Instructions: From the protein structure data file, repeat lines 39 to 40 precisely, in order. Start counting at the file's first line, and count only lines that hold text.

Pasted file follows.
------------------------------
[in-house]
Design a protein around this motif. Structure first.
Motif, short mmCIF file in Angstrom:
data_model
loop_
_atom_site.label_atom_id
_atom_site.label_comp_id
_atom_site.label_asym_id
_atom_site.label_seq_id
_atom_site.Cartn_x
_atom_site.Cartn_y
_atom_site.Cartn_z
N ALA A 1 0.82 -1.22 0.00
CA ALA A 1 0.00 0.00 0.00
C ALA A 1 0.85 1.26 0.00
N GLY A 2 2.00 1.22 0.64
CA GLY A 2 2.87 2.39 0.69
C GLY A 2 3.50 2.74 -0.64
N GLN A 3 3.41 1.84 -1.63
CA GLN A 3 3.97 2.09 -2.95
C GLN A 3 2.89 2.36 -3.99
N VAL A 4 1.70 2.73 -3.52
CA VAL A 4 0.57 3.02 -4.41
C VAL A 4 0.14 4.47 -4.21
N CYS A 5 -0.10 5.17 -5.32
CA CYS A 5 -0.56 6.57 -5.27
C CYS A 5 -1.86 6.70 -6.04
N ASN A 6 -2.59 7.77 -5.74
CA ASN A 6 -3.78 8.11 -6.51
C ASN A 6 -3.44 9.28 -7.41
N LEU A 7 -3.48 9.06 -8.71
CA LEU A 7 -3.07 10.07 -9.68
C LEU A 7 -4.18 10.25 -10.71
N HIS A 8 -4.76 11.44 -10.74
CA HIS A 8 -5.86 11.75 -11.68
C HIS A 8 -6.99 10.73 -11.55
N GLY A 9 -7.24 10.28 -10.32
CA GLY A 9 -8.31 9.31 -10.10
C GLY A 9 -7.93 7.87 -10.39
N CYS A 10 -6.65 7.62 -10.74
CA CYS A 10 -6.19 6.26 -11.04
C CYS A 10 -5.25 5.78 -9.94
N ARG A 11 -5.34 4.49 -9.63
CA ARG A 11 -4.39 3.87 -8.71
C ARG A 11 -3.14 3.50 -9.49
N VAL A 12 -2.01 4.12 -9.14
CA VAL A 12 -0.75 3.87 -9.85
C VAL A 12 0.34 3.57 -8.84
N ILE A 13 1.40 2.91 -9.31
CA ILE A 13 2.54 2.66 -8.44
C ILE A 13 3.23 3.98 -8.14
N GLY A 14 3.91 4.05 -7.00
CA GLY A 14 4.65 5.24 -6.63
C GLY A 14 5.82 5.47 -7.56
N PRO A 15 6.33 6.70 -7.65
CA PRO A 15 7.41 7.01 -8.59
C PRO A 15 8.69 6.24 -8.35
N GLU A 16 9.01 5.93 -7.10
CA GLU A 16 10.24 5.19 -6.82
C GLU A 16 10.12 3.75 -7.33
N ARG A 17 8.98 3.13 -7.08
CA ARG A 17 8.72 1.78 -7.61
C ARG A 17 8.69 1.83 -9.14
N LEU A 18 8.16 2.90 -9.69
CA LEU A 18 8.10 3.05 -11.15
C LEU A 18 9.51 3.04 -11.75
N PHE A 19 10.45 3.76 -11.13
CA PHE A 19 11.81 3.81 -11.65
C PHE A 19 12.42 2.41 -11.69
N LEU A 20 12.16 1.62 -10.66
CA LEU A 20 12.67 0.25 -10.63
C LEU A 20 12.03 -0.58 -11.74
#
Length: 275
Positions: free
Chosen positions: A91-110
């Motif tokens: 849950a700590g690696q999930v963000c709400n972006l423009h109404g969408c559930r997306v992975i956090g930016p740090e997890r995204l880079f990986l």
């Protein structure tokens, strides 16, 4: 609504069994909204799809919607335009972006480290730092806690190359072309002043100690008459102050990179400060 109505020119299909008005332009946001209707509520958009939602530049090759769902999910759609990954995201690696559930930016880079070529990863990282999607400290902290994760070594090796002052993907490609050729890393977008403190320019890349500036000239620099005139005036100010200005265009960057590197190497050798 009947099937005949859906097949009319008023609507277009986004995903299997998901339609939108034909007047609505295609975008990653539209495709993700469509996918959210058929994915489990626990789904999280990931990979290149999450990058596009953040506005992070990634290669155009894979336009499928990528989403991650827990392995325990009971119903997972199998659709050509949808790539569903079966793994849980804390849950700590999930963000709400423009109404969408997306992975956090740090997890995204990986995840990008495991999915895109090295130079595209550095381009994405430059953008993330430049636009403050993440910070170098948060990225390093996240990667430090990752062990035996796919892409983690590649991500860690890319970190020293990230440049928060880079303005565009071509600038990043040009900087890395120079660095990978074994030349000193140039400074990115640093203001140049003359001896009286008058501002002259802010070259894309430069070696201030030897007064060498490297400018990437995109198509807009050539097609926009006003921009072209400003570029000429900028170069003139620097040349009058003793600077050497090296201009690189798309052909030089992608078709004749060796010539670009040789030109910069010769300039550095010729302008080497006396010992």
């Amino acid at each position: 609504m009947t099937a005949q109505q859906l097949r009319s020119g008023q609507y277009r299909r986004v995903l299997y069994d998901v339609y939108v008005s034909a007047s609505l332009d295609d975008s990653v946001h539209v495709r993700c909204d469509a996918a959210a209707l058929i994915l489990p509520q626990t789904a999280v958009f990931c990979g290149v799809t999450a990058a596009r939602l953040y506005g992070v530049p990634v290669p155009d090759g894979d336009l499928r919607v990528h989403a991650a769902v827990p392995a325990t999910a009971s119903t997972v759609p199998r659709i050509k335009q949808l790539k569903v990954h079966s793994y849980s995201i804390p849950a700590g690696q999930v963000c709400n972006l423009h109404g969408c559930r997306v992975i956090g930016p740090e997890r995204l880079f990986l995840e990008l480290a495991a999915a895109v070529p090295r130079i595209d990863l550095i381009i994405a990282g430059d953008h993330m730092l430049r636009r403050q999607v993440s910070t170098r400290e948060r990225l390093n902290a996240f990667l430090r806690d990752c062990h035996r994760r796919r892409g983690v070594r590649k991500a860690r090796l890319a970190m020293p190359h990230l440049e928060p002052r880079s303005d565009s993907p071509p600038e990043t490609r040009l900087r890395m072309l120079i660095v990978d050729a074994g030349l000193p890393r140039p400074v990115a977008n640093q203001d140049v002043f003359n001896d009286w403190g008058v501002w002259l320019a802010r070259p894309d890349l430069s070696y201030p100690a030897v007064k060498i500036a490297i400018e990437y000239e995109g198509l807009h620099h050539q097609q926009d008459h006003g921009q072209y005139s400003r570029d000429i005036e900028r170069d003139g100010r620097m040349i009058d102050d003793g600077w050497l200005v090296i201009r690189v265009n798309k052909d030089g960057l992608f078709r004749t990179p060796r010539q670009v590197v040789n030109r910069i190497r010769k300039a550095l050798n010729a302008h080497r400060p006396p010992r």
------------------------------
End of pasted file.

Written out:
C GLY A 9 -7.93 7.87 -10.39
N CYS A 10 -6.65 7.62 -10.74